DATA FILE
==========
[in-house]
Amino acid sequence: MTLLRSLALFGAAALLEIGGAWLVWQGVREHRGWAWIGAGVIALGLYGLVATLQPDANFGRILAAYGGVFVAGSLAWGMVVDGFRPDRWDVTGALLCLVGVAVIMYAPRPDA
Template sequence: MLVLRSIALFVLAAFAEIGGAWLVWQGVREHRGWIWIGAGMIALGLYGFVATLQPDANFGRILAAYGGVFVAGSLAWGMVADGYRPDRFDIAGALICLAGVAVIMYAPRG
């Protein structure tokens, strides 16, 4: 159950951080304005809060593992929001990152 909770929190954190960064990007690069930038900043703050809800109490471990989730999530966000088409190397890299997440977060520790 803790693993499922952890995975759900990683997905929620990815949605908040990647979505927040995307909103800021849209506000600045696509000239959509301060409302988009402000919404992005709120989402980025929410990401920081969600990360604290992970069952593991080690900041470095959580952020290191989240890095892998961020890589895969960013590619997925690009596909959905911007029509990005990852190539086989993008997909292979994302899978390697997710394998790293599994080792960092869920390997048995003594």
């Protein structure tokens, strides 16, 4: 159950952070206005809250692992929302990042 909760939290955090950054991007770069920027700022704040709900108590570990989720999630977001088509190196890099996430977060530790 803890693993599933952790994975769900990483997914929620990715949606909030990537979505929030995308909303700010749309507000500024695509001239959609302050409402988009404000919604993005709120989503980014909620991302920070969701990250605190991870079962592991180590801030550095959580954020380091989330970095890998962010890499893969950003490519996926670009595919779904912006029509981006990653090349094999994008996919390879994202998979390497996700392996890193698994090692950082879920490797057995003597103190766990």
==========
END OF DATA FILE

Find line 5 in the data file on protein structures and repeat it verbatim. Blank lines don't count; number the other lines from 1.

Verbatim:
């Protein structure tokens, strides 16, 4: 159950952070206005809250692992929302990042 909760939290955090950054991007770069920027700022704040709900108590570990989720999630977001088509190196890099996430977060530790 803890693993599933952790994975769900990483997914929620990715949606909030990537979505929030995308909303700010749309507000500024695509001239959609302050409402988009404000919604993005709120989503980014909620991302920070969701990250605190991870079962592991180590801030550095959580954020380091989330970095890998962010890499893969950003490519996926670009595919779904912006029509981006990653090349094999994008996919390879994202998979390497996700392996890193698994090692950082879920490797057995003597103190766990």